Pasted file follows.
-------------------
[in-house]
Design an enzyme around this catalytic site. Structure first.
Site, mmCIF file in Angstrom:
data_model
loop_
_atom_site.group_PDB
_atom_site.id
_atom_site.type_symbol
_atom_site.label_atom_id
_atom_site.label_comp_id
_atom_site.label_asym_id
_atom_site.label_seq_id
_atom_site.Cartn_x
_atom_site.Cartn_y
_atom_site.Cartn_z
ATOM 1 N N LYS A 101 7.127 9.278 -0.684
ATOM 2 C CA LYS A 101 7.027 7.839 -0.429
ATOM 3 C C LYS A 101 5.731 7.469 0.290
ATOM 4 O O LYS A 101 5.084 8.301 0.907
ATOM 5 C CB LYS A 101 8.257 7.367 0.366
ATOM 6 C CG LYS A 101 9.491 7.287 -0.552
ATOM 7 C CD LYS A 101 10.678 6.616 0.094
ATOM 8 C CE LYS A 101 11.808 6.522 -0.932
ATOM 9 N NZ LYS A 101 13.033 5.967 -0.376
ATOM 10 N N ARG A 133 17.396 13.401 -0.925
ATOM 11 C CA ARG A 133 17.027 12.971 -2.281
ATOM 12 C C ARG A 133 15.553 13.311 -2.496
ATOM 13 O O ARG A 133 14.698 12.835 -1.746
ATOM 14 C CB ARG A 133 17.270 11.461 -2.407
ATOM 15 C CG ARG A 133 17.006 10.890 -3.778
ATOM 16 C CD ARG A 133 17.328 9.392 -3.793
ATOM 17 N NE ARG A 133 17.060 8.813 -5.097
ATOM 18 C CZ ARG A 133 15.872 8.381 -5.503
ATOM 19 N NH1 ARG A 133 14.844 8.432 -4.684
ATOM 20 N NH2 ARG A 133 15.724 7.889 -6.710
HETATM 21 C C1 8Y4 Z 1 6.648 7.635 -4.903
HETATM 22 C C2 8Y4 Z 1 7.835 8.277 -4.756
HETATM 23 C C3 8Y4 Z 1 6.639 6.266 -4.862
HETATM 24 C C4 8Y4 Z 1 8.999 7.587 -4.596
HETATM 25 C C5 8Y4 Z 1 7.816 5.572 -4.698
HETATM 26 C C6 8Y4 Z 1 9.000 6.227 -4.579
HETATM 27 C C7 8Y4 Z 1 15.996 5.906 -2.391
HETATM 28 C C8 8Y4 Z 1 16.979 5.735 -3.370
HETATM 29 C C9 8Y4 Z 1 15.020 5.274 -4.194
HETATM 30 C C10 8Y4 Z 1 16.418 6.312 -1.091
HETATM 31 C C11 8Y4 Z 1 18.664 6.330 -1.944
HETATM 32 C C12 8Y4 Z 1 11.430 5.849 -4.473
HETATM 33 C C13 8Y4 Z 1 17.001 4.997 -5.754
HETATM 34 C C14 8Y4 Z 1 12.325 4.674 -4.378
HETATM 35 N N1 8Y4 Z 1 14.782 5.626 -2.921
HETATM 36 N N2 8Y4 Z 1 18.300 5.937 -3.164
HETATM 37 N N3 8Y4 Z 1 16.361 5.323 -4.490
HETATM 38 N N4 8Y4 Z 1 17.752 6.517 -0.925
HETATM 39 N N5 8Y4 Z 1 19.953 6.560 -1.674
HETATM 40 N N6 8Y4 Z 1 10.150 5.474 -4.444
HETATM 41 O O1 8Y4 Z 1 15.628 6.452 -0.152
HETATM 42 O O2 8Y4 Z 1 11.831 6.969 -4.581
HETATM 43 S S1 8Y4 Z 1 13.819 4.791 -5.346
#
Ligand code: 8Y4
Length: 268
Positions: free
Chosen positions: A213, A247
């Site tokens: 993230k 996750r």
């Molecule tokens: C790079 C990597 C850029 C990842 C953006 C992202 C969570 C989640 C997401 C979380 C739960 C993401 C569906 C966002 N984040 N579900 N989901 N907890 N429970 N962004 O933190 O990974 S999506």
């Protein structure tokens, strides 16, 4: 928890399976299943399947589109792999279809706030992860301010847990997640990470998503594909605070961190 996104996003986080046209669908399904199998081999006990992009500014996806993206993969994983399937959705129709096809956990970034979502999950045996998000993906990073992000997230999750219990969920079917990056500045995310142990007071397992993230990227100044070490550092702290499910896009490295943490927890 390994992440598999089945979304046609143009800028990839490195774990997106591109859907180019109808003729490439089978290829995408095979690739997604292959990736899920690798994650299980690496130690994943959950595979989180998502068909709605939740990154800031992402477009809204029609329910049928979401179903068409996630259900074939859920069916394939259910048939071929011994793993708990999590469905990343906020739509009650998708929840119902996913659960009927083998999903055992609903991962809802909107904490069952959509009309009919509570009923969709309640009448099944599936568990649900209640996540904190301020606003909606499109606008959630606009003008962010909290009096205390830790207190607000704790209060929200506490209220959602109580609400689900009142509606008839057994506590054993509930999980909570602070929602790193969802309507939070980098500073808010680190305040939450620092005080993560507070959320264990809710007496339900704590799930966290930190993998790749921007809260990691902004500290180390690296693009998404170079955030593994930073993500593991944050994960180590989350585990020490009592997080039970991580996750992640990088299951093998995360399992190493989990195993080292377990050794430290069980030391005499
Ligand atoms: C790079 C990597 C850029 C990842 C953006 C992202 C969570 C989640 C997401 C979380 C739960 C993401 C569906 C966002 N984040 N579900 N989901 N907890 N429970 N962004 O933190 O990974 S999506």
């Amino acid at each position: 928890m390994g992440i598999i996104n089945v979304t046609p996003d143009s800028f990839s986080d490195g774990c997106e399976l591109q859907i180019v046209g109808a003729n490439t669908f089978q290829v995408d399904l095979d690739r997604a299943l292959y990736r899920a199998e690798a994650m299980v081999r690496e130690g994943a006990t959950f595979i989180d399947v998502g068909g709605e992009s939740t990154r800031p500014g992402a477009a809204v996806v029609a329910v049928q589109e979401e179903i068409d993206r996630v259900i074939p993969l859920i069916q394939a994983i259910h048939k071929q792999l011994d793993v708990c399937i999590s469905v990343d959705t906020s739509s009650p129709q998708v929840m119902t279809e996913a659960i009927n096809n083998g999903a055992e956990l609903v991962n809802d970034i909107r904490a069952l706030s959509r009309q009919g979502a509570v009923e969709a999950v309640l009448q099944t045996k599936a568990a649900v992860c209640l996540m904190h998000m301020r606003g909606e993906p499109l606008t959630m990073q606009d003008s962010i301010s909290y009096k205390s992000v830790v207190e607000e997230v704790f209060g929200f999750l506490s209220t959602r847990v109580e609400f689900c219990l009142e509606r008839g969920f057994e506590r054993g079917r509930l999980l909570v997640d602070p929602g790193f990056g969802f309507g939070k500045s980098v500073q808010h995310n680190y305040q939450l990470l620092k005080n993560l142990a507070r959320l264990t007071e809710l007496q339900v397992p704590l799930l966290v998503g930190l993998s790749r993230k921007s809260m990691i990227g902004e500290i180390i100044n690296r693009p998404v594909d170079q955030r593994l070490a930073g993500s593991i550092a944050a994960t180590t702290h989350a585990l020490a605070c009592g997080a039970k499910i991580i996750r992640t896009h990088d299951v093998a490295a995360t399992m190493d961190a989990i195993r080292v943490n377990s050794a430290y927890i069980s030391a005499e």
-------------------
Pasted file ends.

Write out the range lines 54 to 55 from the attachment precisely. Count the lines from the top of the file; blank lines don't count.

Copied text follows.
HETATM 39 N N5 8Y4 Z 1 19.953 6.560 -1.674
HETATM 40 N N6 8Y4 Z 1 10.150 5.474 -4.444